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E.g., 02/20/2019
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  • News in Brief

    A new 2-D material uses light to quickly and safely purify water

    Using light, a prototype “green” material can purify enough daily drinking water for four people in just one hour. In tests, it killed nearly 100 percent of bacteria in 10 liters of water, researchers report February 7 in Chem.

    This new material, a 2-D sheet of graphitic carbon nitride, is a photocatalyst: It releases electrons when illuminated to create destructive oxygen-based...

    02/12/2019 - 15:30 Technology, Sustainability
  • Feature

    Robots are becoming classroom tutors. But will they make the grade?

    Pondering a tablet screen displaying a town scene, a pre-K student tilts her head to the side and taps her lip thoughtfully.

    “What are we trying to find?” asks the plush, red and blue robot called Tega that’s perched on the desk beside the girl. The bot resembles a teddy bear–sized Furby.

    “We are trying to find lavender-colored stuff,” the girl explains. Lavender is a new...

    02/12/2019 - 06:00 Robotics, Technology, Science & Society
  • News

    Congo’s Ebola outbreak is a testing ground for new treatments

    Amid the second largest Ebola outbreak ever, the hunt for a lifesaving treatment is on. A clinical trial of patients taking place now in Congo is gathering evidence on experimental therapies, to provide a proven option when the deadly virus inevitably emerges again.

    The first multidrug clinical trial of Ebola therapies, which began enrolling patients in November, will compare the...

    02/11/2019 - 15:34 Health
  • The –est

    A rare, ancient case of bone cancer has been found in a turtle ancestor

    A 240-million-year-old case of bone cancer has turned up in a fossil of an extinct ancestor of turtles. Dating to the Triassic Period, the fossil is the oldest known example of this cancer in an amniote, a group that includes mammals, birds and reptiles, researchers report online February 7 in JAMA Oncology. 

    The fossilized left femur from the shell-less stem-turtle Pappochelys rosinae...

    02/11/2019 - 06:00 Animals, Paleontology, Health
  • News

    An Antarctic expedition will search for what lived under the Larsen C ice shelf

    Maybe the fourth time’s the charm. On February 9, an international team of scientists is embarking on yet another mission to hunt for ocean life that may have once dwelled in the shadow of a giant iceberg (SN Online: 10/13/17).  The scientists, led by researchers at the Alfred Wegener Institute in Bremerhaven, Germany, are headed to the Larsen C ice shelf on the Antarctic Peninsula, where a...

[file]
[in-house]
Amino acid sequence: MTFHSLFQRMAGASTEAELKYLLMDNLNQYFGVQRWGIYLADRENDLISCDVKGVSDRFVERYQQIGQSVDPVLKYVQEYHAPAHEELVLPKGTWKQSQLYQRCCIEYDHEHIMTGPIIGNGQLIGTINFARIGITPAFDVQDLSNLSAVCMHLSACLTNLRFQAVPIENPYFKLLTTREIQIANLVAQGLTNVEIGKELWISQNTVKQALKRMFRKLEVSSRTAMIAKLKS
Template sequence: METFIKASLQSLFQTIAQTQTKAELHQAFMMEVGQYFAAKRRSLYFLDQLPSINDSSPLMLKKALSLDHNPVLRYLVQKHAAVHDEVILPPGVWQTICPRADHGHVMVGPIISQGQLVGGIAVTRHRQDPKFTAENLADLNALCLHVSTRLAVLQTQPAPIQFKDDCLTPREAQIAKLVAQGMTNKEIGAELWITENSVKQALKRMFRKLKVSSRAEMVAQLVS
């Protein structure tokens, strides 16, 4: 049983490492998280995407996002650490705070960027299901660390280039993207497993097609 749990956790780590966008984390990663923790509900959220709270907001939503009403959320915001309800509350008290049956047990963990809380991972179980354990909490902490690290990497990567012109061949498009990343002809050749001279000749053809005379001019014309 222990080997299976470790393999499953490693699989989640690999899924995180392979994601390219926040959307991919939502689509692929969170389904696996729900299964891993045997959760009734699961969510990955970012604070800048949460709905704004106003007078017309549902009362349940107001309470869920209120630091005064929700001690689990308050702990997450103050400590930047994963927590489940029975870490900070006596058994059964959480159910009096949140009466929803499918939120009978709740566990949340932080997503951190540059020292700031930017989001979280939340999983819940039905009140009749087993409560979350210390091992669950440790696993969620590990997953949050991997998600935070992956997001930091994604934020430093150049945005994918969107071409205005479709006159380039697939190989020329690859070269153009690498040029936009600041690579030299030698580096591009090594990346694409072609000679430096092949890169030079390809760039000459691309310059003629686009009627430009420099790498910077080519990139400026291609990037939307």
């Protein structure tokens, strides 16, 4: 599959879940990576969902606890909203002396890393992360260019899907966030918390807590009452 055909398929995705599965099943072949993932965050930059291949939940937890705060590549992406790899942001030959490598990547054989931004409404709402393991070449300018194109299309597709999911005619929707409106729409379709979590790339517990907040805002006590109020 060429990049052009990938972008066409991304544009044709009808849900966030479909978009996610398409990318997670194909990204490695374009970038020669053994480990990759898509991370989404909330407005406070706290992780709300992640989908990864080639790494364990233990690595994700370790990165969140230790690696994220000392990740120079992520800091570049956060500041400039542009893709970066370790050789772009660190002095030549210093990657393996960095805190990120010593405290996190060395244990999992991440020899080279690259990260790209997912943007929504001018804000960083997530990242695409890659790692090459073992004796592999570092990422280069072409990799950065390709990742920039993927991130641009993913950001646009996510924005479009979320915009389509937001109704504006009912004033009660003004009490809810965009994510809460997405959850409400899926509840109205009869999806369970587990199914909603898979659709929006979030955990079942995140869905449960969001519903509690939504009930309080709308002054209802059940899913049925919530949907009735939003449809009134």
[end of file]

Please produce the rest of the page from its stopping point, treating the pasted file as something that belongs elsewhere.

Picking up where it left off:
02/08/2019 - 14:59 Climate, Oceans, Earth
  • News

    DNA reveals early mating between Asian herders and European farmers

    Hundreds of years before changing the genetic face of Bronze Age Europeans, herders based in western Asia’s steppe grasslands were already mingling and occasionally mating with nearby farmers in southeastern Europe.

    That surprising finding, published online February 4 in Nature Communications, raises novel questions about a pivotal time when widespread foraging and farming populations...

    02/08/2019 - 06:00 Genetics, Archaeology
  • News in Brief

    In some cases, getting dengue may protect against Zika

    Previous infections with dengue virus may have protected some people in an urban slum in Brazil from getting Zika.

    In a study of more than 1,400 people in the Pau da Lima area of Salvador, those with higher levels of antibodies against a particular dengue virus protein were at lower risk of contracting Zika, researchers report in the Feb. 8 Science. “The higher the antibody, the higher...

    02/07/2019 - 14:00 Health, Immune Science
  • News

    Evolutionarily, grandmas are good for grandkids — up to a point

    Grandmothers are great — generally speaking. But evolutionarily speaking, it’s puzzling why women past their reproductive years live so long.

    Grandma’s age and how close she lives to her grandchildren can affect those children’s survival, suggest two new studies published February 7 in Current Biology.  One found that, among Finnish families in the 1700s–1800s, the survival rate of young...

    02/07/2019 - 11:00 Evolution, Science & Society, Anthropology
  • Growth Curve

    In the third trimester, a pregnant woman’s sense of personal space grows

    Lots of changes come with pregnancy, but perhaps none is as obvious as the ever-growing midsection. Pregnant women’s bodies accommodate their babies in many ways — rib cages stretch, lungs bunch up around the throat and belly buttons pop out — as the fetus takes over every possible centimeter of available real estate.

    Along with that physical expansion comes an interesting mental one:...

    02/07/2019 - 07:00 Pregnancy
  • It's Alive

    Shutdown aside, Joshua trees live an odd life

    A year when vandals trashed a Joshua tree in a national park during a U.S. government shutdown is a good time to talk about what’s so unusual about these iconic plants.

    The trees’ chubby branches ending in rosettes of pointy green leaves add a touch of Dr. Seuss to the Mojave Desert in the U.S. Southwest. Its two species belong to the same family as agave and, believe it or not,...

    02/06/2019 - 08:00 Plants, Conservation, Science & Society